Stability

II > I

The molecule having more Vander Waals' strain is less stable. In cis isomer, the bulky groups are closer they have larger Vander Waals' strain.

 

 

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FAQs on Geometrical Isomerism - Chemistry Class 11 - NEET

1. What is geometrical isomerism?
Ans. Geometrical isomerism is a type of stereoisomerism where molecules have the same molecular formula but differ in their spatial arrangement due to restricted rotation around a double bond or a ring. This leads to different physical and chemical properties of the isomers.
2. What are the conditions for geometrical isomerism?
Ans. Geometrical isomerism occurs when there is restricted rotation around a double bond or a ring. The conditions for geometrical isomerism include having a double bond or a ring in the molecule, presence of different groups attached to the double bond or ring, and the absence of a plane of symmetry.
3. Can you provide some examples of geometrical isomers?
Ans. Examples of geometrical isomers include cis-trans isomerism in alkenes, where the substituents are arranged differently around the double bond. For example, cis-2-butene and trans-2-butene are geometrical isomers. Another example is cis-trans isomerism in cycloalkanes, where the substituents are arranged differently around the ring.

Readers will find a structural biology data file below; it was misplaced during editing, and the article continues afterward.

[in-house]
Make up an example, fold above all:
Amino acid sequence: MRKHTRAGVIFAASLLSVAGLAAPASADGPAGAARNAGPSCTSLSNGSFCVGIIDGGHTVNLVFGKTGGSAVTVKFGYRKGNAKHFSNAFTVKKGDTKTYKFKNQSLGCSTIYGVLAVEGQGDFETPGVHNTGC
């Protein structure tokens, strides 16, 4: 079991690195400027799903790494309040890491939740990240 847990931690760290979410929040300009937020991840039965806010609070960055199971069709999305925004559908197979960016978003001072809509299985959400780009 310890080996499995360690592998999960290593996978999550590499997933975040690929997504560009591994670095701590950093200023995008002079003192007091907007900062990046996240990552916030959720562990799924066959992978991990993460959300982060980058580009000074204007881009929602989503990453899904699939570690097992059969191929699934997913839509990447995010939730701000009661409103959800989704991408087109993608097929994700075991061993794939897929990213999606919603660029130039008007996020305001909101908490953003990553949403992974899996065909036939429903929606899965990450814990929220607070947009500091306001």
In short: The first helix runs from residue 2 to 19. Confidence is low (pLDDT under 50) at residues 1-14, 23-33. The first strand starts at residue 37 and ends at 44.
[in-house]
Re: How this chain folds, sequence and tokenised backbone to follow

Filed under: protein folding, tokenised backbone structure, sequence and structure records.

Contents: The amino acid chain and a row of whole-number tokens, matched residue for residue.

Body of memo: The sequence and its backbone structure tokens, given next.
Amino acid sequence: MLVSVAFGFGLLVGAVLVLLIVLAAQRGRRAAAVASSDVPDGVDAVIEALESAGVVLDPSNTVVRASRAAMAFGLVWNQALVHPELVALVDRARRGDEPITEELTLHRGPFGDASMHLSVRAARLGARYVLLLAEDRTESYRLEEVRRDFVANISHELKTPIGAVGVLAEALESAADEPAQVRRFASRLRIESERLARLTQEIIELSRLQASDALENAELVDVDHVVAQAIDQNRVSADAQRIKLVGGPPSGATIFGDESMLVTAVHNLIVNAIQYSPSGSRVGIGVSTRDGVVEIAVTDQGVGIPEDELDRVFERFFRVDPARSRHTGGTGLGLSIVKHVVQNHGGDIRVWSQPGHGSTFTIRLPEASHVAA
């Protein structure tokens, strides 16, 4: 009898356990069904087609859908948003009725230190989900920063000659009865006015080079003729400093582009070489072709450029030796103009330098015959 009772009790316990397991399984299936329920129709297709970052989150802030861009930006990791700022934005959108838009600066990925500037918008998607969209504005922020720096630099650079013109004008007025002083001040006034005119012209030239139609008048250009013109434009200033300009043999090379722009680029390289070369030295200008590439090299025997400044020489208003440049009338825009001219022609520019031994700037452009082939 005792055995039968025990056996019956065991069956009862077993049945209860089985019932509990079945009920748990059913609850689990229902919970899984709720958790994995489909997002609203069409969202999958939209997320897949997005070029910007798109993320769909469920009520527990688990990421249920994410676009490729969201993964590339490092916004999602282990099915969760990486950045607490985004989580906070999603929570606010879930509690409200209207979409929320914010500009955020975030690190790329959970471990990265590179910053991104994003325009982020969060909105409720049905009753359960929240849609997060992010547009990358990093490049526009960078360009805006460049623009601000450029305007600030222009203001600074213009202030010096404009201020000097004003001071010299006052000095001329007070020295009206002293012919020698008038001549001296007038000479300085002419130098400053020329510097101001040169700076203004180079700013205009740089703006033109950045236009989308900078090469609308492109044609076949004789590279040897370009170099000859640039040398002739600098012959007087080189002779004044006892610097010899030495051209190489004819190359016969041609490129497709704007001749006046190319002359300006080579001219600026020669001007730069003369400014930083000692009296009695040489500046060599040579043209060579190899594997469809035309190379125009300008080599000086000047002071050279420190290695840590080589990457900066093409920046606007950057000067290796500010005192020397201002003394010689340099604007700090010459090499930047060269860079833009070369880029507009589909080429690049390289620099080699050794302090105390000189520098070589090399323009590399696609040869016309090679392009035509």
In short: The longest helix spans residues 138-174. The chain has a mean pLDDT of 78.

4. How is configurational nomenclature used in geometrical isomerism?
Ans. Configurational nomenclature is used to distinguish between different geometrical isomers. The prefixes "cis" and "trans" are used to describe the relative positions of substituents on a double bond or a ring. "Cis" indicates that the substituents are on the same side, while "trans" indicates that the substituents are on opposite sides.
5. How many geometrical isomers can a molecule have?
Ans. The number of geometrical isomers a molecule can have depends on the number of different substituents around the double bond or ring. For a molecule with two different substituents, it can have two geometrical isomers (cis and trans). For a molecule with three different substituents, it can have four geometrical isomers (two cis and two trans). The number of possible geometrical isomers increases with the number of different substituents.